eCommerce Strategies Shift to Claim New Organic Real Estate

In April 2020 while eCommerce demand was surging amid stay-at-home orders, Google made a stunning announcement that will have tsunami-like implications in the industry for years to come. Google Shopping will expand its results from “paid listings” only to a balanced approach with both paid and organic results similar to its other search products. According to Google they see “hundreds of millions of shopping searches” every day and by all indications this is a number set for dramatic growth.

After creating one of the first product search engines under the moniker of Froogle in 2002, ten years later they chose to convert it from organic listings into a pay-per-click site.  The impact was a product catalog that listed only the subset of the most profitable products. At the same time Amazon was increasingly positioning itself as the starting point for product research. This move appears to be in direct response to Amazon’s success.

Implications for eCommerce

As a result of this shift, eCommerce sites have been offered a massive opportunity to rank in one of the forty page one results for Google Shopping. Not only is this the single largest organic search “land grant” in modern times, but it also repositions Google Shopping as the globe’s definitive source of products for sale and that’s likely to far outstrip any single eCommerce site.

This reversal in Google’s strategy should result in a significant shift in eCommerce strategies at a time when eCommerce is trying to digest the change in buying behavior as a result of the global pandemic.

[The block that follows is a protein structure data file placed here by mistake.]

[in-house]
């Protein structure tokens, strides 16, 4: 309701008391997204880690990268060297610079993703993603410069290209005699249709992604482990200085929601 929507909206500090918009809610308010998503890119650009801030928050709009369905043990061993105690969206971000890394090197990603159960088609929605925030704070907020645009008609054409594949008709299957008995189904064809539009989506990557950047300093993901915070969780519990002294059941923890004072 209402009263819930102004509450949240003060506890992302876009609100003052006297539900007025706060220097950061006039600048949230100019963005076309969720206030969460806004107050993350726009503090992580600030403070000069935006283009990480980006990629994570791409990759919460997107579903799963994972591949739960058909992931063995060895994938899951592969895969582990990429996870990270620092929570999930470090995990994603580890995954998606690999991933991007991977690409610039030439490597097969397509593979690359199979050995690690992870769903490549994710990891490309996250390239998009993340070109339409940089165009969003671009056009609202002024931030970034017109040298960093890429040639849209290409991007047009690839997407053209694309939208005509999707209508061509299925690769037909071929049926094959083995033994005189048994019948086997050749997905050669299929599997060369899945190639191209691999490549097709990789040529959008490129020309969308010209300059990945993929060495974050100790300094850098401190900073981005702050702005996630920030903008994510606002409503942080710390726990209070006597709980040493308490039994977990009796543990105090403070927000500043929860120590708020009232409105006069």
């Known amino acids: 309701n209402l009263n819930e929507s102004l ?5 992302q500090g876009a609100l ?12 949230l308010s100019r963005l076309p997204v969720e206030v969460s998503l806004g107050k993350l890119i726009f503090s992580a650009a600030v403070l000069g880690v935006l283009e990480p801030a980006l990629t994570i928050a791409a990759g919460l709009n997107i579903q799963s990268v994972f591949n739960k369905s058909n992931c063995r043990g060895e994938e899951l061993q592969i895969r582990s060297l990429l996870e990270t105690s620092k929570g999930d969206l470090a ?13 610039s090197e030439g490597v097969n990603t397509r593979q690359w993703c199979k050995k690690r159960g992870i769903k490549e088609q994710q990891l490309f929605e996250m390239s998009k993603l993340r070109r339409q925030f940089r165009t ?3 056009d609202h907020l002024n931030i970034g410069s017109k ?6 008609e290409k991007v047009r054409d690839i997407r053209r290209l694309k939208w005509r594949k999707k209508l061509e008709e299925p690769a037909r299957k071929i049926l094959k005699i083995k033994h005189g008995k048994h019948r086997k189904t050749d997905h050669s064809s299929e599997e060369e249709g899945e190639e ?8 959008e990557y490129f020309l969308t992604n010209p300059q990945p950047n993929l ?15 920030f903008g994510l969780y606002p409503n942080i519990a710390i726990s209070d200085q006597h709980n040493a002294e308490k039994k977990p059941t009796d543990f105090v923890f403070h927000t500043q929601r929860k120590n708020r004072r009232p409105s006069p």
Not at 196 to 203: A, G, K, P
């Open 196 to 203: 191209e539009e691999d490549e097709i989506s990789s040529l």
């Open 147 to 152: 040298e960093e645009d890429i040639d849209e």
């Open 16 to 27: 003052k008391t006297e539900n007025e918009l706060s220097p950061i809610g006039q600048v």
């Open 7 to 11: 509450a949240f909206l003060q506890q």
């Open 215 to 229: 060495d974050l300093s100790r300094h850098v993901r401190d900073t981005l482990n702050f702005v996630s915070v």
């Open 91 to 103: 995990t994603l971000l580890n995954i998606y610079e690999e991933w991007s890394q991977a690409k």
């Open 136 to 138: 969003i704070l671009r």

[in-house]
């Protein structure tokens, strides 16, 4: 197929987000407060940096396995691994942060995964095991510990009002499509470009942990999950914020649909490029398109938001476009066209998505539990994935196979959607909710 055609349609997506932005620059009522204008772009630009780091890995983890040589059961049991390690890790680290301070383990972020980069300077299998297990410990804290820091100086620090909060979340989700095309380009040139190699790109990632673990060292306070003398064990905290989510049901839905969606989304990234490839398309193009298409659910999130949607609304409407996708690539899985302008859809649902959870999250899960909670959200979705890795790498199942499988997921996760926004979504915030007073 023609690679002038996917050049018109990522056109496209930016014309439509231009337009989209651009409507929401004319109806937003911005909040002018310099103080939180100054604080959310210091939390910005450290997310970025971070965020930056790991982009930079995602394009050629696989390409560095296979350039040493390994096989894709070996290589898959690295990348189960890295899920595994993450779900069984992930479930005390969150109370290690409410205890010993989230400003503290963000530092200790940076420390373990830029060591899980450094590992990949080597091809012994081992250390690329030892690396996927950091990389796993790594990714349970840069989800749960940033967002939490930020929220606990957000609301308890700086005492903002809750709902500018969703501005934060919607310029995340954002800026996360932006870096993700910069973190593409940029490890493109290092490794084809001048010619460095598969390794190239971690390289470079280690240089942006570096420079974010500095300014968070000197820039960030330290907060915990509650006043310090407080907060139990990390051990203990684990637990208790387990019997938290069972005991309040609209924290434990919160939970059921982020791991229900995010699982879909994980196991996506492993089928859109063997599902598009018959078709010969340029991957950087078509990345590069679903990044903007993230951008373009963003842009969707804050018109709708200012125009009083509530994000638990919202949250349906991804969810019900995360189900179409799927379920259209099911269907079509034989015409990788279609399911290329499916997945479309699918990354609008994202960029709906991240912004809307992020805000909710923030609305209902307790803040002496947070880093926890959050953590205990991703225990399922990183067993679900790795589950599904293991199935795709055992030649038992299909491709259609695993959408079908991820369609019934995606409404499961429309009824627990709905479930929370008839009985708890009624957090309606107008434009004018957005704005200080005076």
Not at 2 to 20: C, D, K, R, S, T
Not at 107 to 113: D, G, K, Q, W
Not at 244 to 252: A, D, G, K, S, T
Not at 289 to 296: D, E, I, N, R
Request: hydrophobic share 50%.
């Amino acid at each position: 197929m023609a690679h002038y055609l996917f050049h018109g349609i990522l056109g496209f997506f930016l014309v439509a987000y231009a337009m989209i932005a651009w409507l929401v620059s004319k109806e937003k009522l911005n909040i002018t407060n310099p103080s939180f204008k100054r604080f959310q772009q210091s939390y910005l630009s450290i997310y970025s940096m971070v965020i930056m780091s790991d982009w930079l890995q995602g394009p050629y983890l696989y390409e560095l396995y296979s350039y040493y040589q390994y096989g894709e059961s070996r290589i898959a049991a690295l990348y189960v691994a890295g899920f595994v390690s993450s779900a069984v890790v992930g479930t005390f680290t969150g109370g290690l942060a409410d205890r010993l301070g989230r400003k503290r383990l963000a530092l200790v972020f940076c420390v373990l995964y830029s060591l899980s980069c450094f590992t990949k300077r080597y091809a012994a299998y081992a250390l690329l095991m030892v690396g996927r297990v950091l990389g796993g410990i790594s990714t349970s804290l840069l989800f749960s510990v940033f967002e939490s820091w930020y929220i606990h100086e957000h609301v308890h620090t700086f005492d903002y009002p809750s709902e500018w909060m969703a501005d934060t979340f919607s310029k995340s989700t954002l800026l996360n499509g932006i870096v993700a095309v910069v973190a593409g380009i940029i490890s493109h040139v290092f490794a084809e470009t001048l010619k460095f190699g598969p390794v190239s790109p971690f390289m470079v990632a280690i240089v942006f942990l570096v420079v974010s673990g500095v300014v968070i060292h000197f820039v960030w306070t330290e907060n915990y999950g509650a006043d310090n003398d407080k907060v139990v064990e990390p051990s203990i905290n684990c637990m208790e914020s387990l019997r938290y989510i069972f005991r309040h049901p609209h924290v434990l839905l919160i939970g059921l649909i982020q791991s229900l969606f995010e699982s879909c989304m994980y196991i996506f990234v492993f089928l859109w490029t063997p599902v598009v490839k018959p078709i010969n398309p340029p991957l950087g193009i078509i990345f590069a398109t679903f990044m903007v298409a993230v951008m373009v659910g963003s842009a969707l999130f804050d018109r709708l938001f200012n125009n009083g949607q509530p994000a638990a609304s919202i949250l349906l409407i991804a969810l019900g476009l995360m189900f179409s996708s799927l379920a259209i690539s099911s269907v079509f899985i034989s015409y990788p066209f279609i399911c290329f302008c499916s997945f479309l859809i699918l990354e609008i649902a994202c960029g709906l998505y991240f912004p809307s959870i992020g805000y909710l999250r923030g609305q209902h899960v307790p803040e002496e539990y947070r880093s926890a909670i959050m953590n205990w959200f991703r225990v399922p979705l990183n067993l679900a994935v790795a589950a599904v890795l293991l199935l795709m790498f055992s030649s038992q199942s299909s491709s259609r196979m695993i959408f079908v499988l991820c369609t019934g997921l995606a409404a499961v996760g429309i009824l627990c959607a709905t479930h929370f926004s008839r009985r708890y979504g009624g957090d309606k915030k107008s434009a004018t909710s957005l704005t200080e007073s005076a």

Product Content Strategies

There are a few simple conclusions about what it will take for eCommerce sites to benefit from this change. As Google wrestles with millions of product options for any given search, the organic winners are likely to use many of the same techniques sites have been using to organic traffic from Google Search. This strategic shift, however, puts increasing emphasis on the product detail page and the need to think about SEO at the product level. The organic winners will be the product detail pages that present the following:

  • Unique content. Duplicative manufacturer-supplied content will not be enough. Google wants the best results for page one and unless a site’s content stands out, it will likely be passed up.
  • Engagement. While Google Search highly values user engagement, Google Shopping is likely to increasingly focus on optimizing its organic results for conversions. In other words, the sites that can address customer objections and get visitors to order, are likely to win most over time.
  • Site Wide Benefits. Most sites compartmentalize site-wide benefits to separate areas of the site, but integrating the phrases used to modify a product search are likely to rank for a broader range of long-tail searches. For example, “free shipping” or “volume discount” could be worked into the product detail page content.
  • Technical. Page speed, a clear presentation, consistent tagging and aggressive use of eCommerce-specific schema fields will continue to be important.

Search Incumbency

In part, Google relies on user interaction to help it understand how to rank results. Those products that get to page one first, are likely to get more user interactions and assuming a strong conversion rate, should find it easier to defend that top position. Sites that fail to jump on this opportunity may find that it’s much harder to displace a top result than if they had invested in a quick response. This first-mover advantage is common within search. At the same time product detail pages today, on a whole, are largely uncompetitive from an organic search perspective creating a significant new opportunity for eCommerce sites.

About The Author

Greg Harris is the Vice President Strategic Services at eZdia, Inc. eZdia designs and scales content strategies for companies like Amazon, Walmart and the best known eCommerce sites.  The eZdia team of professional eCommerce writers and researchers have built millions of pages of content since its inception in 2013.

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Written by Greg Harris

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